It’s almost become customary that whenever new technologies begin to take root, the death knell for the old ones are furiously sounded. With the invention of radio, it was thought that newspapers would die out. With the invention of TV, it was thought that radio would die out. With the invention of the internet, it was thought that TV, radio, and newspapers would die out. As much as we love to herald the death of a long-standing medium though, they’re all still here, and some of them are as powerful as ever. Despite the ongoing talk of YouTube’s threat to television viewing, the British public are spending an average of four hours a day watching TV, fifteen minutes more than in 2004. Whilst sceptics would reference the fact that programmes with the highest ever viewer ratings generally hail from the 20th century (bar the Olympic closing ceremony which attracted an audience of over 24m in 2012), per programme ratings are somewhat deceiving. Thanks to the sheer number of channels available to us now, and the rise of TV on demand, drawing comparisons between ratings then and now is difficult.
So it was with great interest that we read the story of Mad Men’s impact on Lucky Strike sales courtesy of an article on The Drum a couple of weeks ago. Reportedly, the sales of Lucky Strike cigarettes have jumped from 23bn to 33bn since the first series of Mad Men aired back in 2007, a huge rise by anyone’s standards. Whilst the ethical impact of this is perhaps unfavourable, it’s an impressive indication of just how much influence TV still has over the general public’s buying decisions. But it’s not just brands that can reap the rewards – entire industries can. The Great British Bake Off’s impact on sales of baking related goods since its first series has been remarkable, with this year’s series causing a rise of more than 60% in sales of cupcake decorations, natural food colourings, and kitchen timers.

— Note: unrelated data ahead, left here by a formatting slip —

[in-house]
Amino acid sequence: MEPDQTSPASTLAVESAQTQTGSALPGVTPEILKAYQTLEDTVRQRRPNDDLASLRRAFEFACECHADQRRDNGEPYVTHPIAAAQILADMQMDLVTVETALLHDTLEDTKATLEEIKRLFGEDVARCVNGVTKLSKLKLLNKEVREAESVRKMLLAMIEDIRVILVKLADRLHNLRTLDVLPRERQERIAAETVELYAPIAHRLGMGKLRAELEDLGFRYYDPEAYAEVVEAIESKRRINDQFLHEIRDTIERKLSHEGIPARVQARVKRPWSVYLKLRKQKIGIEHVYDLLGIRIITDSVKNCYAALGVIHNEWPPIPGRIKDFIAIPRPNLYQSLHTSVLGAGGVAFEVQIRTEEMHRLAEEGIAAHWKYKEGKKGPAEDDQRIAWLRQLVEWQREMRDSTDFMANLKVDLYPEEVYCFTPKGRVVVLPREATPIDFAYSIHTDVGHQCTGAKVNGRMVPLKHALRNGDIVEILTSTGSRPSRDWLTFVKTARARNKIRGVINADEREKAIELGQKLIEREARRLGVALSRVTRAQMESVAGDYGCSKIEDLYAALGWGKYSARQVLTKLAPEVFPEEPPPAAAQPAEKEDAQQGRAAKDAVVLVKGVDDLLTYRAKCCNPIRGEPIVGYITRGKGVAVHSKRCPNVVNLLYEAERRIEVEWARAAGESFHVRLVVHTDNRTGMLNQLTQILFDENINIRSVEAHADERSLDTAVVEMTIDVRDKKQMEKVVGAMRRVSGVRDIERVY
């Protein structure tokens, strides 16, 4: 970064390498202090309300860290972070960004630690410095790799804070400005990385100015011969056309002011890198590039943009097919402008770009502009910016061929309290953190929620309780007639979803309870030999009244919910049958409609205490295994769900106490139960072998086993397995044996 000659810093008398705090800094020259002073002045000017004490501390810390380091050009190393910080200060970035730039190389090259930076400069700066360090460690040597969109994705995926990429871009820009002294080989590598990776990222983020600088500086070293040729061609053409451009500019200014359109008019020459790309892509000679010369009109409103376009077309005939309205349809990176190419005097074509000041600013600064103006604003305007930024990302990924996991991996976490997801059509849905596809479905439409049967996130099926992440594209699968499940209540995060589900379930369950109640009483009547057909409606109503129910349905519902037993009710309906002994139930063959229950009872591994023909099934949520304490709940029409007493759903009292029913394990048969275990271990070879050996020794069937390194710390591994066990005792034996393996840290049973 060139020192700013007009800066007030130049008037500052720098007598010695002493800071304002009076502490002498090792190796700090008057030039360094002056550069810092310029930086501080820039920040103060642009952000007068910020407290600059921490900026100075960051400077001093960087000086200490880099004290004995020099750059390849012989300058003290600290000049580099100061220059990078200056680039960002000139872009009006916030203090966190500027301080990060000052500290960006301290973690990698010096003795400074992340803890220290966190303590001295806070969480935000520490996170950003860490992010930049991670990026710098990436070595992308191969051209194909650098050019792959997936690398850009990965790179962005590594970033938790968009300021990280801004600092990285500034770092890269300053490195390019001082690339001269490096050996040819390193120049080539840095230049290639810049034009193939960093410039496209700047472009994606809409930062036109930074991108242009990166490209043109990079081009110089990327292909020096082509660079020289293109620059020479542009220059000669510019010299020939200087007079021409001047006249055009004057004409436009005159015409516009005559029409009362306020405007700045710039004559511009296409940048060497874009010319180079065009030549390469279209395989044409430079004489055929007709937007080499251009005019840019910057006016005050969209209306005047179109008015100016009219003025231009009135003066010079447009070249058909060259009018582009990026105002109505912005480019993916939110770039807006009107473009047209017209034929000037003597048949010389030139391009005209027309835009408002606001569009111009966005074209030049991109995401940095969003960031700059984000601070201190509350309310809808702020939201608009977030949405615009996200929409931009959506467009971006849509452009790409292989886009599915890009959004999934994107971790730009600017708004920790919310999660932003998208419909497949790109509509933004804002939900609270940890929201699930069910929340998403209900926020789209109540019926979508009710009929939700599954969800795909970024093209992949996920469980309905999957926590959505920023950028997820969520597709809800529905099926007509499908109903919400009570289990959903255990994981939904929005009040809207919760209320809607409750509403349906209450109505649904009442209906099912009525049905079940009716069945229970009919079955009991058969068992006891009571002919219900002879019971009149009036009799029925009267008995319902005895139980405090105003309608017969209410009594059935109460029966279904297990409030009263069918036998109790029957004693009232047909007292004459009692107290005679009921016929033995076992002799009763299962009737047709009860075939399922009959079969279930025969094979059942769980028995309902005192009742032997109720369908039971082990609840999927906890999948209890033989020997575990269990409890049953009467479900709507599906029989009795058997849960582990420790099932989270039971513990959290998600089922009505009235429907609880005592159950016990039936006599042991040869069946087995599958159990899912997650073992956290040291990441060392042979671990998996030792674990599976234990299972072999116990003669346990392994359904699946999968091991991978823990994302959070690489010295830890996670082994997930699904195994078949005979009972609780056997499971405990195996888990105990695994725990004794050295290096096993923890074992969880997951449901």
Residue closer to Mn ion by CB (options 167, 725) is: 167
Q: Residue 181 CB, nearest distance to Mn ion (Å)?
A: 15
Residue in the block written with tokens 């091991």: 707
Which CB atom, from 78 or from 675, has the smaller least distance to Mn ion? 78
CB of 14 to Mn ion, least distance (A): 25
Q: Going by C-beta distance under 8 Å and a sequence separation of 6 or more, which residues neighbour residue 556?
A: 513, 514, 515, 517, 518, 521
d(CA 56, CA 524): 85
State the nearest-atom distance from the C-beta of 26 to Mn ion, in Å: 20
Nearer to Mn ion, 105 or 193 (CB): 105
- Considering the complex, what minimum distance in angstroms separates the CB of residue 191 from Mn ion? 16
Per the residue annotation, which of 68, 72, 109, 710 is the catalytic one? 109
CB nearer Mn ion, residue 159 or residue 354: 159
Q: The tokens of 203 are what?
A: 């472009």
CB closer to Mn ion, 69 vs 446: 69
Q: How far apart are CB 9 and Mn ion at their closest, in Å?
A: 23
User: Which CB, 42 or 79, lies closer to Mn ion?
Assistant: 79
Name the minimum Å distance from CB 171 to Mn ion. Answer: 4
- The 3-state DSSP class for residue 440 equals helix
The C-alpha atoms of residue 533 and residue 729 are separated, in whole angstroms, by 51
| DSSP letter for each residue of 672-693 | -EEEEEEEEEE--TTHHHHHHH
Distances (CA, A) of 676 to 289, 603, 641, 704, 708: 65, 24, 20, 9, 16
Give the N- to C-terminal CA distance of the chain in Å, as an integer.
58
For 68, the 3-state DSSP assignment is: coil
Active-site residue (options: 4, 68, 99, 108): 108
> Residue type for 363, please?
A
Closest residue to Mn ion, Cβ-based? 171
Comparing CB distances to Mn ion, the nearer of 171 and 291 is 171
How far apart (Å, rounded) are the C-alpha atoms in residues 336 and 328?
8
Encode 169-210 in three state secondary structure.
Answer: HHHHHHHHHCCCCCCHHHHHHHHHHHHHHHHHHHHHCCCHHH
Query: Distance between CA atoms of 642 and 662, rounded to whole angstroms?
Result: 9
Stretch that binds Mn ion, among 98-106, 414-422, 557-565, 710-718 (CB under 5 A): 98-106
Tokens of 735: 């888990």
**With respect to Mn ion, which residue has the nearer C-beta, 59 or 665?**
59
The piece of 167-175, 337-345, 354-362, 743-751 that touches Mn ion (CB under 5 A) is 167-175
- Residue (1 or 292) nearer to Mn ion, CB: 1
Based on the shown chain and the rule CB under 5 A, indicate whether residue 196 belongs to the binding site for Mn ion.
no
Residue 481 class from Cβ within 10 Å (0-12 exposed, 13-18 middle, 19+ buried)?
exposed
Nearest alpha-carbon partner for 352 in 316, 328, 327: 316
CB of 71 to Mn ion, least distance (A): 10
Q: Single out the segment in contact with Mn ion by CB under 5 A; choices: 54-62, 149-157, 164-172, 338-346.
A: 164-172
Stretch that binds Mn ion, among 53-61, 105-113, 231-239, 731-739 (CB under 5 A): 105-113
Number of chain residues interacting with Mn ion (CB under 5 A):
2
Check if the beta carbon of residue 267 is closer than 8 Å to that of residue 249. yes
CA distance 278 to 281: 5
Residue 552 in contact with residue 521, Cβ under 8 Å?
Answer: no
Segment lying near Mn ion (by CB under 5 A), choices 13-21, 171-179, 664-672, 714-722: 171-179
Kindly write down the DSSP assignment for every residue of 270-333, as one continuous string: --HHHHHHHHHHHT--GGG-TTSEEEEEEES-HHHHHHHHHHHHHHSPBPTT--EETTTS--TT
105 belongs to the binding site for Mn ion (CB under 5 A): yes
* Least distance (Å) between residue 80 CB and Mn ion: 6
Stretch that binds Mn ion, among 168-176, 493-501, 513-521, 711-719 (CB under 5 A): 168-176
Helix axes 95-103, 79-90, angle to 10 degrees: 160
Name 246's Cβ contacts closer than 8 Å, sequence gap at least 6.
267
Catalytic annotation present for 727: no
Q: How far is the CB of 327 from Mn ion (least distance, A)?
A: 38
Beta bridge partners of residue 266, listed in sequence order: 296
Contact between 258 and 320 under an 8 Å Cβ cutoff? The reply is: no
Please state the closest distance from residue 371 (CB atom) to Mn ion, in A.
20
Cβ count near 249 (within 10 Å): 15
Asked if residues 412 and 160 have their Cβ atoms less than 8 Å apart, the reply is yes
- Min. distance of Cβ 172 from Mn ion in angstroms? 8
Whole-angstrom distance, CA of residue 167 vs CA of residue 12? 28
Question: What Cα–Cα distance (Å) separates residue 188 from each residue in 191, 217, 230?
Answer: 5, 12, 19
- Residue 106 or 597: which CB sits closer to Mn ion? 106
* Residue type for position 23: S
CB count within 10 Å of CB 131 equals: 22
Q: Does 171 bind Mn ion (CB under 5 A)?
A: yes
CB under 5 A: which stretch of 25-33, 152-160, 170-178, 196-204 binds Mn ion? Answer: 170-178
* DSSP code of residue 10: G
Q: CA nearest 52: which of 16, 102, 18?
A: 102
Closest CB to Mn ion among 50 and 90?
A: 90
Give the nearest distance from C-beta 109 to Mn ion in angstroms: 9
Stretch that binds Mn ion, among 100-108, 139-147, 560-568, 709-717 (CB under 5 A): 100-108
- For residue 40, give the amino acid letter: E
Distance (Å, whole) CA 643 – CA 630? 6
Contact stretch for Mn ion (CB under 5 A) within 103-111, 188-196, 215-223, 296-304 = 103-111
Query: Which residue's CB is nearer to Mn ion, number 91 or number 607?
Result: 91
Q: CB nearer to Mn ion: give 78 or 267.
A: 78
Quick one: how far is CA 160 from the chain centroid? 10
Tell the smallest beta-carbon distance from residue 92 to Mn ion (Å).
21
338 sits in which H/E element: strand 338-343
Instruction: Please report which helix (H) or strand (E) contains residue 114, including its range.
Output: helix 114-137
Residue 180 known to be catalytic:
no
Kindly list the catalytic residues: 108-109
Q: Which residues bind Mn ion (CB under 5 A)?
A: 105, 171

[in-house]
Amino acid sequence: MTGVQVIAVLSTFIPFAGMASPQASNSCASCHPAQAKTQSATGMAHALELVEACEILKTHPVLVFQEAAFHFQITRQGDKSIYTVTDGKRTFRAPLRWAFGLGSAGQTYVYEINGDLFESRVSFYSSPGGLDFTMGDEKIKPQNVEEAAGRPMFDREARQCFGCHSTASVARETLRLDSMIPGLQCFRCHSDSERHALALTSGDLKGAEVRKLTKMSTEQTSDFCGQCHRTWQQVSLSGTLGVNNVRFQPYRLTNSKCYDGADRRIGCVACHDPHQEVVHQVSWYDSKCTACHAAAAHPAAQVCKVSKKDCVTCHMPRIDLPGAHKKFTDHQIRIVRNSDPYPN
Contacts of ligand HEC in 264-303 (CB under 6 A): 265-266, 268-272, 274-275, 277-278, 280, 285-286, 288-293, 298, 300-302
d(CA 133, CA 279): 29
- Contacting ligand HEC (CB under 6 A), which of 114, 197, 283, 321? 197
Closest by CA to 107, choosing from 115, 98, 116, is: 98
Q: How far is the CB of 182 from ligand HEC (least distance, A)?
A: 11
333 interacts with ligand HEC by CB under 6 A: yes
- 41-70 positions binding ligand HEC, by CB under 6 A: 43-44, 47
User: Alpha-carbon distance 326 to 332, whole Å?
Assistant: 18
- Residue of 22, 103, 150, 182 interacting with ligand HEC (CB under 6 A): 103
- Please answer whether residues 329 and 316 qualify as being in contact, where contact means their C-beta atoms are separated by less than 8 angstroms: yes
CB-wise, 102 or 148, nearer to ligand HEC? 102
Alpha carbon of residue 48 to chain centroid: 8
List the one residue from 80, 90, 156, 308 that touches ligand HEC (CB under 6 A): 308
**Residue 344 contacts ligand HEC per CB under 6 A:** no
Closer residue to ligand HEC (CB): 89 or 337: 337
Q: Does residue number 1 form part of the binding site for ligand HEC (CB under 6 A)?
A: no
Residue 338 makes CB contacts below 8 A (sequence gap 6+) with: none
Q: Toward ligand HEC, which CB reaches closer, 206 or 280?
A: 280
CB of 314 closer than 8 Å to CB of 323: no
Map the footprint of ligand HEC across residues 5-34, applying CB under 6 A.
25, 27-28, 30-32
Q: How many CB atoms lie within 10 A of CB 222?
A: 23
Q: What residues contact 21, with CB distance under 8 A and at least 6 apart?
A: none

For all of the talk about TV and its advertising being on its last legs, few mediums can match the sheer power that it has to pull in audiences, affect buying behaviour, and weave its way into water cooler conversations. With the opening show of Strictly Come Dancing’s 11th series becoming the most-watched series premiere of all time, TV isn’t dead, it’s stronger than ever.